As ratings tank amid hostile coverage of former President Donald Trump, Fox News is purging its newsroom in an attempt to salvage the network’s fading brand. Political editor Chris Stirewalt, a NeverTrumper, and several digital editors were fired Tuesday; on Election Night, Stirewalt defended the network’s decision to call Arizona for Joe Biden, a move that infuriated the president and Fox News viewers. (The outcome of Arizona’s election wasn’t finalized until late November.)
“Though the network never backed off its Arizona call, and followed other major news outlets in calling the entire election for Biden days later, Stirewalt soon apparently found himself on the outs at Fox News,” the Daily Beast reported Tuesday. Fired staffers attempted to spin the purge as higher-ups ridding the network’s digital arm of “real journalists” who don’t hold a political agenda. Anonymous ex-employees told the Beast it “was part of the network’s larger effort to pivot its website from straight-news reporting to right-wing opinion content in the mold of Fox’s primetime programming.”
Fox News has been bleeding viewers since November, quickly losing its perch in the cable news rankings. Conservatives have long viewed Fox News as the only channel to offer a counterbalance to the biased cable and network news channels that overwhelmingly mimic the Democratic Party’s company line while vilifying conservatives and Republicans. But its tone and coverage dramatically shifted during Trump’s presidency making it almost indistinguishable from left-leaning competitors such as CNN and MSNBC.
Fox News Sunday host Chris Wallace is widely disliked; Martha MacCallum just lost her 7 p.m. show to a rotating cast of hosts. A few days after Election Day, Bret Baier deleted an innocuous tweet promoting his 6 p.m. show after more than 22,000 people responded to the tweet with harsh criticism of Fox News’ election coverage. Anchor Sandra Smith was forced to clarify an off-mic moment when after she mocked one of Trump’s lawyers who correctly pointed out that networks don’t decide presidential elections.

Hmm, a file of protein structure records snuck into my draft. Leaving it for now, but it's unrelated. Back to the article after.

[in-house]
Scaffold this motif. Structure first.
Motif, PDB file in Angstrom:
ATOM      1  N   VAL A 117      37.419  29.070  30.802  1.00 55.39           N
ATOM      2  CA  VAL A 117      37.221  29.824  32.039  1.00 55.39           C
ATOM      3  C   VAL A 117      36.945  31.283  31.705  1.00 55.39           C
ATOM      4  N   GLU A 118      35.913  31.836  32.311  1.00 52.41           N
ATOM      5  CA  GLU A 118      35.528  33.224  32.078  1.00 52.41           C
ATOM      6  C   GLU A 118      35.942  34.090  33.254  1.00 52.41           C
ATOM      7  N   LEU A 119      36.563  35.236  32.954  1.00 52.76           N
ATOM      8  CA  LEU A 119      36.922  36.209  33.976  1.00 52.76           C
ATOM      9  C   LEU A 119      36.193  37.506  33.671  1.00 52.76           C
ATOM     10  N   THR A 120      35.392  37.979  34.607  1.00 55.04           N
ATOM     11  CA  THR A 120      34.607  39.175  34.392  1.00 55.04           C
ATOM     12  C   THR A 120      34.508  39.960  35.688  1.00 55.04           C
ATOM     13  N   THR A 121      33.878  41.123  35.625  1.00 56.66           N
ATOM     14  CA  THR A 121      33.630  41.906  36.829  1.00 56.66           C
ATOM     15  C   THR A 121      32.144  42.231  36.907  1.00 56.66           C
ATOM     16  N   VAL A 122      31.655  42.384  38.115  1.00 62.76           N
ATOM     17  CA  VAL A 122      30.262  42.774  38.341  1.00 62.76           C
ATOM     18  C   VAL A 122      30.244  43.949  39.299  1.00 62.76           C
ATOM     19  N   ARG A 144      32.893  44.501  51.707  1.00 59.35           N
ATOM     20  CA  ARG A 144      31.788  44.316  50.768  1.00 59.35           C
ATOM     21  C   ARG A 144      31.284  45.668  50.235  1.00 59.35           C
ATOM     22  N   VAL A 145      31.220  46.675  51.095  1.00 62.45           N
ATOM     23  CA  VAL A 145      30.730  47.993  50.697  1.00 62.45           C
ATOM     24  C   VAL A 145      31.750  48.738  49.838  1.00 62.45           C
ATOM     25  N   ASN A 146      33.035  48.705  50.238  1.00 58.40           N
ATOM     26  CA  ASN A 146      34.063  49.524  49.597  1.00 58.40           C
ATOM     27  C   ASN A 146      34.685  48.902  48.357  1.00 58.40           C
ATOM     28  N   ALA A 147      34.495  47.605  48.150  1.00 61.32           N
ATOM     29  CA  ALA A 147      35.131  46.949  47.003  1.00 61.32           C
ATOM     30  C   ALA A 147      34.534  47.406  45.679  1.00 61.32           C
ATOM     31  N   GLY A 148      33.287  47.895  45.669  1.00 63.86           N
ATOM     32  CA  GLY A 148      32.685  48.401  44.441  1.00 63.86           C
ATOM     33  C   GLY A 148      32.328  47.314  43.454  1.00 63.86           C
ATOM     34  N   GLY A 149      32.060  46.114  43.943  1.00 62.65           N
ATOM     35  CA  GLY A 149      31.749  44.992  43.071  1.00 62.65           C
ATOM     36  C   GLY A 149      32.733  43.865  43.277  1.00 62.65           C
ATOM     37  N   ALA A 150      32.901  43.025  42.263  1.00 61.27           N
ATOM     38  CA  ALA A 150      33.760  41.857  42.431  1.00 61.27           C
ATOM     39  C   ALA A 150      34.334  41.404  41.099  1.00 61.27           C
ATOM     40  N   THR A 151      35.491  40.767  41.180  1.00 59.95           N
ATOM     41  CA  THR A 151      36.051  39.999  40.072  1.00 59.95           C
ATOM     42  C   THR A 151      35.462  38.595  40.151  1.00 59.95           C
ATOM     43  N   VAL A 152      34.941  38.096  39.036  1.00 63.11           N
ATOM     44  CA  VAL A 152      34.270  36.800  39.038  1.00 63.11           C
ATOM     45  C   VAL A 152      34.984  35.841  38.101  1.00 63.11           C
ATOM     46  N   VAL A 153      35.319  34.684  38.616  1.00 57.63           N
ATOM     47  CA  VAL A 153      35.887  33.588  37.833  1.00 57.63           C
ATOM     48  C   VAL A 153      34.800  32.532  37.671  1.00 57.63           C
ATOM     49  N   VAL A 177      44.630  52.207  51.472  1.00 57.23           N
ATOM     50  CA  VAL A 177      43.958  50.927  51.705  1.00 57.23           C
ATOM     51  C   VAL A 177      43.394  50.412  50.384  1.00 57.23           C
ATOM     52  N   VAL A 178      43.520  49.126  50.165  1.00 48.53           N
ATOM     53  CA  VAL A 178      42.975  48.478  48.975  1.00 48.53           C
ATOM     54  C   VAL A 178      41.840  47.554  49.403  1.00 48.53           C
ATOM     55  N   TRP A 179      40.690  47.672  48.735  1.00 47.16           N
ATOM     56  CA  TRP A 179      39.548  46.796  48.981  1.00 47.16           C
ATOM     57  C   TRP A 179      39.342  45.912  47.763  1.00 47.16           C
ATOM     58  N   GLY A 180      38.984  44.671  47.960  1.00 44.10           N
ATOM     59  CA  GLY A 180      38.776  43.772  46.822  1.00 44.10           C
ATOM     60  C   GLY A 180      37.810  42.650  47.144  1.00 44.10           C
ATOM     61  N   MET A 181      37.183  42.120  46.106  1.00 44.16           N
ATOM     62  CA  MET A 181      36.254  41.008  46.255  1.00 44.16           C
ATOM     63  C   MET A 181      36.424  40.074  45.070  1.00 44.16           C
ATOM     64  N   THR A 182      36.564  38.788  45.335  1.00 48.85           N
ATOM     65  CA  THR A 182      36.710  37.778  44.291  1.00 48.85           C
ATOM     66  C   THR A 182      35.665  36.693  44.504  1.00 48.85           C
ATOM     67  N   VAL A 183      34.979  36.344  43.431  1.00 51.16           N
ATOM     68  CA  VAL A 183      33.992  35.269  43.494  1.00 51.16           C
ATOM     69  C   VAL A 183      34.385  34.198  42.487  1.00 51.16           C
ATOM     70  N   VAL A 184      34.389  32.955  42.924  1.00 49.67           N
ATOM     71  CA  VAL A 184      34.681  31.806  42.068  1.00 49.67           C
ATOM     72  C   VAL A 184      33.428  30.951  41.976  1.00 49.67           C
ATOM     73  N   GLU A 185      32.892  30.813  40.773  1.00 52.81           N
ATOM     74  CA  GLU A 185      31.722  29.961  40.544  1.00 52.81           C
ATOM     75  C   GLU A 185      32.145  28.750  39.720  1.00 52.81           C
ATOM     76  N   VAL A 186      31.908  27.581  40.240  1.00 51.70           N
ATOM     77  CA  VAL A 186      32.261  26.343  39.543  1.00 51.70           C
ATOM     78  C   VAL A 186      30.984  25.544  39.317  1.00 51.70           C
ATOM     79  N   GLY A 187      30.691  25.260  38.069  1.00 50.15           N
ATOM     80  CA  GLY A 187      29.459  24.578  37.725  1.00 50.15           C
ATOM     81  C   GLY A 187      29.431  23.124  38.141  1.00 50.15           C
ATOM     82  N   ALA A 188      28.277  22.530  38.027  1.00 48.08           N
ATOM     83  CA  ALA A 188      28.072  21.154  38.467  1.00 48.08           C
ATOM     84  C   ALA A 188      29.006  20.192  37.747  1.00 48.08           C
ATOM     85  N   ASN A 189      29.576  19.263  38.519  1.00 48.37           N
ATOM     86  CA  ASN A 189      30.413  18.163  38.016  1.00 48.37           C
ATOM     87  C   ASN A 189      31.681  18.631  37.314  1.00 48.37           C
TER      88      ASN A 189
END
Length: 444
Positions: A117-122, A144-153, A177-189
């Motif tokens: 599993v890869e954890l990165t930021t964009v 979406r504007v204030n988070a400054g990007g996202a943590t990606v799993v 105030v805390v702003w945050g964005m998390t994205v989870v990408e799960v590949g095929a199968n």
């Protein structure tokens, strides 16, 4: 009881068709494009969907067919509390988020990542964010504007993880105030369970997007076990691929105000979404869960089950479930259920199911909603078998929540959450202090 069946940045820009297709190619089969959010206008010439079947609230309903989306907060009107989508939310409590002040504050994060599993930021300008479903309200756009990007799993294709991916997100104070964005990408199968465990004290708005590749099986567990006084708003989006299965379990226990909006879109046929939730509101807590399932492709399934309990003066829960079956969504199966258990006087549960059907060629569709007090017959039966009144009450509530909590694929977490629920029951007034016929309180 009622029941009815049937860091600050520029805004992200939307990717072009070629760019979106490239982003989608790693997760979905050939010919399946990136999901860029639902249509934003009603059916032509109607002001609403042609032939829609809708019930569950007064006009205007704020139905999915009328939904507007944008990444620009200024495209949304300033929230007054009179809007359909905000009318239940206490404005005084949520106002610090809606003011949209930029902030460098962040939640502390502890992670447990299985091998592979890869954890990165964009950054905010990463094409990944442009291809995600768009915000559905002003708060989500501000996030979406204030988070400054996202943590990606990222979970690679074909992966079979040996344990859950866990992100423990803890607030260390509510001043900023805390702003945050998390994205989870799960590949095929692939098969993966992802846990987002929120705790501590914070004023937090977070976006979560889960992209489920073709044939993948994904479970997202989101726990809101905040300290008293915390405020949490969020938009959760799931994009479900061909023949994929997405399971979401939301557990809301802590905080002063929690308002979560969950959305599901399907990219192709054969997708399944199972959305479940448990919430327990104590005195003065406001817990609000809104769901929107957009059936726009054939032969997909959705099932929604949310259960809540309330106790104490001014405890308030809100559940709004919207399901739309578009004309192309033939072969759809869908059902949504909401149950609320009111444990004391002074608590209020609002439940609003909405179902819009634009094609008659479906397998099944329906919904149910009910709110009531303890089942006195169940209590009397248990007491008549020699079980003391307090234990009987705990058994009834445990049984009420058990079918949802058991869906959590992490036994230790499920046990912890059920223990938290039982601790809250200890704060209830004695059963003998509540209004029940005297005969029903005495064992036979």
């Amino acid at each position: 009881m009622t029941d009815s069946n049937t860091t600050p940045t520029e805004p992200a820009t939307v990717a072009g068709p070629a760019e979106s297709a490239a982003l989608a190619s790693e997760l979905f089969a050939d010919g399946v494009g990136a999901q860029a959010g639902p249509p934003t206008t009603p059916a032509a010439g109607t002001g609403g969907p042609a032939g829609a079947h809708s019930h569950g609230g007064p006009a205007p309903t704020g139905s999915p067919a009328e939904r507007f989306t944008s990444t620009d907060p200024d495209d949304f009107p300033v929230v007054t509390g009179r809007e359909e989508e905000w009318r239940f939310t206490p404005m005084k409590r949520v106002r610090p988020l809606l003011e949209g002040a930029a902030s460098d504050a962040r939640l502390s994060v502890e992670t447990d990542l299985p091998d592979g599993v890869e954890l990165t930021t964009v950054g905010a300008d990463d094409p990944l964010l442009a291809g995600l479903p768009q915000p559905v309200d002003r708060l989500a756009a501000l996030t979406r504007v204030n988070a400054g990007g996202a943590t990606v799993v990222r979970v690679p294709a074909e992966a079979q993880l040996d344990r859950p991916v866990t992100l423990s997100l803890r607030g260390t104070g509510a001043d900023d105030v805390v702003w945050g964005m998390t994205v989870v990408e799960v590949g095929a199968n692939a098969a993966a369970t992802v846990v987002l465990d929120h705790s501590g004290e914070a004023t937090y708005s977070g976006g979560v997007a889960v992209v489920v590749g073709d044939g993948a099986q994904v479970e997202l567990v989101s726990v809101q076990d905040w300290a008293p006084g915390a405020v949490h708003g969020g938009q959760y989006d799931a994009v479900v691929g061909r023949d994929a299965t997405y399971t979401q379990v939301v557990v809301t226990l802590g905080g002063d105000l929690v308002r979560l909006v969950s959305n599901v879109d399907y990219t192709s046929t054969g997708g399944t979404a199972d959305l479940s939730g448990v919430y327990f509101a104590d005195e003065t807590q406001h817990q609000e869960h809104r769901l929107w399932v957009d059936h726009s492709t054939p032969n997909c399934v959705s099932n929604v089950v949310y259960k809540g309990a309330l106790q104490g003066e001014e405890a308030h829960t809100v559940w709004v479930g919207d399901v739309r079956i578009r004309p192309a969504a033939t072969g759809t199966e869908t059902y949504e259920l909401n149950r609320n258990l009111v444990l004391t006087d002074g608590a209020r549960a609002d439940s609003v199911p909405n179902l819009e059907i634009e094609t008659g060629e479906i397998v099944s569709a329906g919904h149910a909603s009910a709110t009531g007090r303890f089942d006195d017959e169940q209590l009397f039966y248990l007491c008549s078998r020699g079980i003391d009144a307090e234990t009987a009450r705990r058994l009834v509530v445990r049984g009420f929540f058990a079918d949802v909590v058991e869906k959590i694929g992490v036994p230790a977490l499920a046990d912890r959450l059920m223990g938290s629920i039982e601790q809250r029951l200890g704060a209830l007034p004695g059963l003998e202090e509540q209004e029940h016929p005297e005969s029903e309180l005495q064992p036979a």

Even the network’s marquee names such as Tucker Carlson and Sean Hannity now trail the evening lineups at CNN and MSNBC for the first time in years. Conservative competitors One America News and Newsmax are vying for Fox’s disgruntled viewers.
Bill Sammon, Fox News’ senior vice president and managing editor, announced his retirement Monday. The Washington Post reported that Rupert Murdoch, Fox News’ co-founder and owner of Fox News’ parent company, “has been taking a more active interest in its programming in the wake of the election.” The early call for Arizona, Murdoch told colleagues according to the Post, “caused reputational damage and cemented the view among some Trump supporters that the network is aligned against him.”
But the network needs a major overhaul to win back lost viewers. Fox still retains a stable of neoconservative NeverTrumpers including Jonah Goldberg and Stephen Hayes who are massively out of touch with the Republican Party’s base of support; news programs and opinion shows are desperately in need of fresh faces and voices to communicate the “America First” legacy of Trump’s presidency. Firing Stirewalt is a start to restoring the network’s conservative cred, but Murdoch has his work cut out for him.